FAYETTEVILLE, Ark. (KNWA/KFTA) — The Turpentine Creek Wildlife Refuge in Eureka Springs is one of three institutions that came together to help facilitate the rescue and transfer of four big cats from an Oklahoma facility forced to close years ago.

According to a press release, the AZA-accredited Oakland Zoo in Oakland, CA, Lions Tigers & Bears in Alpine, CA and Turpentine Creek collaborated to rescue two tigers, a lion, and a tiger hybrid from an Oklahoma facility that was once opened to the public and offered cub petting and photo opportunities.

The animals were rescued from the defunct roadside zoo in northeast Oklahoma on June 10. The facility was cited and shut down by the USDA in 2008 after “multiple safety and welfare violations.”

The four big cats rescued were the sole remaining animals at the abandoned facility. The roadside zoo and its owner were reported to have ties to “Joe Exotic” from the well-known Netflix series “Tiger King.”

The rescued animals, all female and declawed—a standard practice in the cub-petting industry—include:

  • Two tigers housed in separate enclosures, both energetic but lean, one going to Oakland Zoo and one going to Lions Tigers & Bears.
  • An elderly, arthritic lion that required immediate medical attention and care, going to Turpentine Creek Wildlife Refuge.
  • A tiger hybrid in poor condition with a facial wound and bowed legs, going to Oakland Zoo.

Oakland Zoo and Turpentine Creek Wildlife Refuge conducted on-site animal evaluations for all four big cats and Lions Tigers & Bears used its “state-of-the-art, self-contained animal rescue hauler” to transport three of the big cats to California.

For the past thirty years, we’ve fully committed Oakland Zoo’s tiger habitat as a sanctuary for tigers victimized by the circus, roadside zoo, private ownership, and cub-petting industries. Those tigers need help, and we can provide that help while educating the public about the dangers of animal exploitation practiced in those industries. When a concerned Oklahoma resident called us to help these big cats, who have endured so much suffering, there was no question that we would step in and give them the homes and care they deserve, at Oakland Zoo and our partnering sanctuaries, for the remainder of their lives.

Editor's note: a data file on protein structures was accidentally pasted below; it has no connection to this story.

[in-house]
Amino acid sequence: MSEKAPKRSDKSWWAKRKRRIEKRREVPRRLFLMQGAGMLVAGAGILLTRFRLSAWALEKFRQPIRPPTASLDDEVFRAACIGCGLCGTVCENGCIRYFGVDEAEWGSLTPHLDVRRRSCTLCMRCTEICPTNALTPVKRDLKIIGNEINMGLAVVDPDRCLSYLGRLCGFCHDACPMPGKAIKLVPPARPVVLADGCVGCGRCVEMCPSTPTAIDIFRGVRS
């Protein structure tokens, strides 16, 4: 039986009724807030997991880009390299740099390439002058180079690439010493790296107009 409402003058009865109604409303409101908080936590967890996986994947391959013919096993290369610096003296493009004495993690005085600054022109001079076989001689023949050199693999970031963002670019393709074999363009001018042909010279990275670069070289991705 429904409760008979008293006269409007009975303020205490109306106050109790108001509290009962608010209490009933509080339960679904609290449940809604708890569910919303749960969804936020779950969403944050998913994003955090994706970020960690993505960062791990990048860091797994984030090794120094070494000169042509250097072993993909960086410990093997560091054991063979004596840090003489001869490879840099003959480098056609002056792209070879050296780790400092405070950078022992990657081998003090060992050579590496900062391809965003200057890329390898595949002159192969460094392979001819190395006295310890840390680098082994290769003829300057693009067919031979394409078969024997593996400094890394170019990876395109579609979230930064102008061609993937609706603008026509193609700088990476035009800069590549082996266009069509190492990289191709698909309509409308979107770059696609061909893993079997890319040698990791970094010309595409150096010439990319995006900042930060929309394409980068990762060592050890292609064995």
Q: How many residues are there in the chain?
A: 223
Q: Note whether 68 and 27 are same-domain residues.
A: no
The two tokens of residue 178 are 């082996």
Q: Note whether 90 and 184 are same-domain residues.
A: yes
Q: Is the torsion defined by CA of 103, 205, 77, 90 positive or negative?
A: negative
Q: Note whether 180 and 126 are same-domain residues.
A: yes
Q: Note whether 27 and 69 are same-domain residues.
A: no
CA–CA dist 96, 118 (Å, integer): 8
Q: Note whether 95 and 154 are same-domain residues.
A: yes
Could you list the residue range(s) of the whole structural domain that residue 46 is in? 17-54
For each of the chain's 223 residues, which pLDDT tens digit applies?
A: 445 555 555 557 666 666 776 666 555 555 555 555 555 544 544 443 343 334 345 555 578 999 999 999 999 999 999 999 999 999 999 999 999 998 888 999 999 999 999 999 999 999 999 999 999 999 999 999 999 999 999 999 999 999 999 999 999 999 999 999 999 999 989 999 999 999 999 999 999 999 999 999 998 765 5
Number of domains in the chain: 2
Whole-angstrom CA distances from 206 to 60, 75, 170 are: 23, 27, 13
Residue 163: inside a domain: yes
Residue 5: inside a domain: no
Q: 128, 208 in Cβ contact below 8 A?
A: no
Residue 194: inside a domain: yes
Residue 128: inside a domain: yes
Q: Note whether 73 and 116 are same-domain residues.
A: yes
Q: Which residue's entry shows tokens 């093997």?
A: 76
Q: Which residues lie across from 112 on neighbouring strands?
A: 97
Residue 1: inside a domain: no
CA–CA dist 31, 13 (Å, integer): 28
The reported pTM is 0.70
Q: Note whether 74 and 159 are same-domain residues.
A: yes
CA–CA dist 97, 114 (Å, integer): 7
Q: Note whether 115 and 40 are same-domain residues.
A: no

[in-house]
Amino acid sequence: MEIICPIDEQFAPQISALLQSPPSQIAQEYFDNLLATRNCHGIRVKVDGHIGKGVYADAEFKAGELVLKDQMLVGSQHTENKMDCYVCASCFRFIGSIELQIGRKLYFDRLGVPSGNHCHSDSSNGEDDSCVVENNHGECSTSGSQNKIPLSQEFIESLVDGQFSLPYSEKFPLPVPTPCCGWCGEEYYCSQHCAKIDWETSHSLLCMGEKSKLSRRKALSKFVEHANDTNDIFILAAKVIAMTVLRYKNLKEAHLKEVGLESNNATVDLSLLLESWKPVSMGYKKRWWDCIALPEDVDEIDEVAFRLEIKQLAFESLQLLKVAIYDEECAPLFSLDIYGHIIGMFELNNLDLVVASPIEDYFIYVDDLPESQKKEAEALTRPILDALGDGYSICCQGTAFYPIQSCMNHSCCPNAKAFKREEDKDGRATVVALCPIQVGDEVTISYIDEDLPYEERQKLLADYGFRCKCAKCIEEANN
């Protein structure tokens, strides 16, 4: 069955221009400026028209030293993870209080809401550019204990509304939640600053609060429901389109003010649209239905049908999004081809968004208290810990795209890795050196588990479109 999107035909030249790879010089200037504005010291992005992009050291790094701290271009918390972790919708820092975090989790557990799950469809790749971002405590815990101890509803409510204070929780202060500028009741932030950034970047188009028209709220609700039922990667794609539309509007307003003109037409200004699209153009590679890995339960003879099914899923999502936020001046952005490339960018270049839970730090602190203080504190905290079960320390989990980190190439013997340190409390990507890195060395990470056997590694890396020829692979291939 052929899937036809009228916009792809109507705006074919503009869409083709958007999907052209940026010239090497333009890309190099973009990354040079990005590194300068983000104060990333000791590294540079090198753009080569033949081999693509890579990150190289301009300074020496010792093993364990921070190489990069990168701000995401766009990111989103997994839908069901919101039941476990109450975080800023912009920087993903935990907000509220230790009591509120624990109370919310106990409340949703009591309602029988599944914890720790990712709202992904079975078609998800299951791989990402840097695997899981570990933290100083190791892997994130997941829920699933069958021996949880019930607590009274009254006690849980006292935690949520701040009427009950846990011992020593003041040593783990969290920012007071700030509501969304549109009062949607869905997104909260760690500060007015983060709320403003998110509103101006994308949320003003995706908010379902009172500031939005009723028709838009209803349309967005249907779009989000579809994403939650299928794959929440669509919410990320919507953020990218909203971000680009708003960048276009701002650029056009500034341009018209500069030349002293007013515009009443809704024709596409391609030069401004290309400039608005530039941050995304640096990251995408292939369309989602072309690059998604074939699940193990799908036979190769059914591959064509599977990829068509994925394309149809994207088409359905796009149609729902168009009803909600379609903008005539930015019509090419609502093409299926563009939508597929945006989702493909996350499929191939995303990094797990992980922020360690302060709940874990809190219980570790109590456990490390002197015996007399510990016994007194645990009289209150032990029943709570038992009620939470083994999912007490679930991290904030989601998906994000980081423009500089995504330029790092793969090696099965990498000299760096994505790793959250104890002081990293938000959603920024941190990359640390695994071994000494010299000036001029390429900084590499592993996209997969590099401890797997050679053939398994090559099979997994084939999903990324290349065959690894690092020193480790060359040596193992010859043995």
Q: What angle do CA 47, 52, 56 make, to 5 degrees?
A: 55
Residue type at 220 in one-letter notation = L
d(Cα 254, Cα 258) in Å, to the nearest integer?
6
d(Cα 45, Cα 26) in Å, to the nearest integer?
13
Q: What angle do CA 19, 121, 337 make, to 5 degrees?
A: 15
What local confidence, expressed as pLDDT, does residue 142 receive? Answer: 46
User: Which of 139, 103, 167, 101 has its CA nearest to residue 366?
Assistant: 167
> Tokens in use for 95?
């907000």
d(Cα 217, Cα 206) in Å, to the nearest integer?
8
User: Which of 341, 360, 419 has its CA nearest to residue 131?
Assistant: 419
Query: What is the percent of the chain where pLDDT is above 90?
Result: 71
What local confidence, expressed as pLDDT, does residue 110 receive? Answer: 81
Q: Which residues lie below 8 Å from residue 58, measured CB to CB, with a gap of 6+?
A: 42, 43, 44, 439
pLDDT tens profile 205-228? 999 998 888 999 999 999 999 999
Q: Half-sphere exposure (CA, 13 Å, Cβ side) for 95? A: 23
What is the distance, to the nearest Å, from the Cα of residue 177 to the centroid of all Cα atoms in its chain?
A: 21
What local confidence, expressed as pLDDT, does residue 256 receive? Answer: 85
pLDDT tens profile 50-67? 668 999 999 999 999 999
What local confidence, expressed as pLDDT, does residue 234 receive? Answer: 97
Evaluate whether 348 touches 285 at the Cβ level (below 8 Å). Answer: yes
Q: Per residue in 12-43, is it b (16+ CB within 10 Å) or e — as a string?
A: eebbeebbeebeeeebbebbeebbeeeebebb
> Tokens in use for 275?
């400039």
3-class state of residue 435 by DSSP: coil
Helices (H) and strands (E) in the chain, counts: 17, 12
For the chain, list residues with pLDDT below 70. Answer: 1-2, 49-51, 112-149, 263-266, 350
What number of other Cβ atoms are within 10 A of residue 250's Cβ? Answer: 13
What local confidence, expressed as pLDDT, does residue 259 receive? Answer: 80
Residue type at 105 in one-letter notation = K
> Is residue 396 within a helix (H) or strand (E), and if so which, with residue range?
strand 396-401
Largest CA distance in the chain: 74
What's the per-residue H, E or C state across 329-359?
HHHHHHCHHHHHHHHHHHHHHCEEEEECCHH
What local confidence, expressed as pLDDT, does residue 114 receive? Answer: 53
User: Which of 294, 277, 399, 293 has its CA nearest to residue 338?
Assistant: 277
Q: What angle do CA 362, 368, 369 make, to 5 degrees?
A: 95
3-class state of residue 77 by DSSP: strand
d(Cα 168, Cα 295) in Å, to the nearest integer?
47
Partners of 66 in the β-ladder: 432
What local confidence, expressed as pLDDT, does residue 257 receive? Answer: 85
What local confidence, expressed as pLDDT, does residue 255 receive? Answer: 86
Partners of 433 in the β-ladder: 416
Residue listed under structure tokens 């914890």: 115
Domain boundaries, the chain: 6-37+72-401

Nik Dehejia, CEO, Oakland Zoo.

Each facility will provide these big cats with “a proper habitat enclosure, species-specific diets, veterinary care, and more,” utilizing the highest standards of care as required by the American Zoos and Aquariums (AZA) and the Global Federation of Animal Sanctuaries (GFAS), a certification held by only the top sanctuaries in the nation that provide lifetime care for rescued animals, including Lions Tigers & Bears and Turpentine Creek Wildlife Refuge.

“These big cats were living in small, filthy enclosures. Shelter was provided but was terribly weathered and rotten,” said Tanya Smith, President and Founder of Turpentine Creek Wildlife Refuge. “Aside from some good Samaritans, they were left alone, fed inconsistently, and needed veterinary care. We’re so relieved to provide new homes to these animals and help them thrive.”

Emily McCormack, Animal Curator at Turpentine Creek Wildlife Refuge adds, “We are always ready and willing to collaborate with other accredited facilities when the need for rescue arises. We must fight together to resolve the big cat crisis we are facing here in the United States. No animals should suffer or live in the deplorable conditions these animals had to endure. The lioness was subjected to solitude 24×7 for 7 years that we know of. It was simply inhumane.”

Turpentine Creek Wildlife Refuge, Lions Tigers & Bears and the Oakland Zoo encourage support for reputable animal sanctuaries and facilities and advocacy for the Big Cat Public Safety Act (H.R. 263), which places “much-needed restrictions on big cat private ownership and contact with the public.”